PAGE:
• BMW is one of VeChain customers. VeChain is part of the BMW Startup Garage program which is helping the prestigious car brand to stay on top of the latest trend in technology innovation to be applied in their vehicles. They are on NDA and nothing more can be revealed at this stage. My personal guess will be around creating a network of smart cars that can communicate with each other in an autonomous matter and pay each other with a BMW tokens? Who knows? Let’s see…

  • H&M: Customers can scan a barcode with the VeChain iOS or Android mobile app in the H&M store and see where the clothes were produced before to make their purchasing decision. How cool? You can make sure that the clothes you are buying aren’t produced by child slavery or human trafficking. Of course at the condition that the data inserted is verified.

  • Deloitte: Selling blockchain as-a-service to corporations and startups. Deloitte is using VeChain to sell BAAS solutions to all kinds of businesses.

  • Last but not least, VeChain is building an infrastructure to reward people to decarbonize the planet with crypto-currencies. Their goal is even to apply the same methods to rewards people to solve the sustainable development goals from the United Nations. A personal passion of mine.

In conclusion, according to Sunny Lu, blockchain will change the world just like the internet did. It will grow in a similar pattern. We should be at about 3 or 4% of total market size to what it will be. In 2018, the Japanese government issued 17 crypto exchanges licenses while the SEC is still trying to find their way in. According to Sunny: “For mass adoption, my mom will have to be able to use a blockchain wallet just like she is able to use AliPay or WeChat. We can learn a lot from them for mass adoption.” Indeed, that is VeChain’s goal, to create business value and allow this great technology to unleash all the potential it promised the world until now.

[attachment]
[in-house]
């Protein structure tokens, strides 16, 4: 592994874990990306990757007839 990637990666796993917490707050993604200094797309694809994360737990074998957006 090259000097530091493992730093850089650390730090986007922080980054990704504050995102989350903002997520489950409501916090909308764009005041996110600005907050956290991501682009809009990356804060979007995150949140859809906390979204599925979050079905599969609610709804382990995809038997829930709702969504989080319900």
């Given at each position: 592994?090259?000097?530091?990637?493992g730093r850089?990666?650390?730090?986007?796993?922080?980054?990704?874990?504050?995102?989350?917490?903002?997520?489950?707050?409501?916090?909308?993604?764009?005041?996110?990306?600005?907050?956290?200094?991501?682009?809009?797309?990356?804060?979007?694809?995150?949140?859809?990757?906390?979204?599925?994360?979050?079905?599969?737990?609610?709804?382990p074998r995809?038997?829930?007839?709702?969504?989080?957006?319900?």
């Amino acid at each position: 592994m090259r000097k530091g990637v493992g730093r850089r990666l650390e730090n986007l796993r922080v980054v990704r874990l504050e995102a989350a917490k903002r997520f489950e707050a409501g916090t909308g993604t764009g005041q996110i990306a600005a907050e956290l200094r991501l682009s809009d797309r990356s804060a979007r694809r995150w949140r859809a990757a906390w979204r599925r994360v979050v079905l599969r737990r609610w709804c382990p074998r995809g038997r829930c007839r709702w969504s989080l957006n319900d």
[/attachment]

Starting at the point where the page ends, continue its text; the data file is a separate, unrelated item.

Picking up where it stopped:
7 Rules to Combat Failure

By Mohamed Sarr

I had the great honor today to introduce M. Alberto Savoia.

First thing i noticed is this gentleman wears two watches, one on each hand.

He raised $3 million for first startup and sold it at $100 million one year later!

Quite a great start isn’t it??

He then joined Google as the first technical director when it was only a startup and before leaving to create another startup of his own!

After that, this full of confidence and success engineer experienced his first total failure after having raised $25 millions for his startup.

He went back to Google and started thinking about failure.

He came up with 7 rules that help to bite back when one gets bitten by the failure beast.

He stated that 80% of new products will fail even if competently executed : the law of Market Failure.

However he clairly mentioned that we can beat the law, we just have to make sure that we build the right it before building it right.

First thing, don’t ever use OPD ( Other Peoples Data ) , they may have been collected in another time , for another project. Instead use YOD ( Your Own Data ).

Don’t trust market studies, experts opinions or numbers of likes or views on social media, nor everything related to thoughtland.

Remember that your product will not succeed because someone succeeded with a similar product a few months or years ago.

On the same note, your product will no fail because another similar product failed a few months or years ago.

You must collect your own data in a simple , quick and inexpensive way: PRETOTYPING




Then verify the following statement X % of Y will Z . Check figures lead to a profitable and sustainable business before launching it.

And last thing, if you have to fail, make it fast and cheap.

Never forget fail and fail again until you succeed!

7 Things an Entrepreneur Should Do When Approaching a VC

By Borja Martel Seward

Adam Draper, Draper University, Spring 2019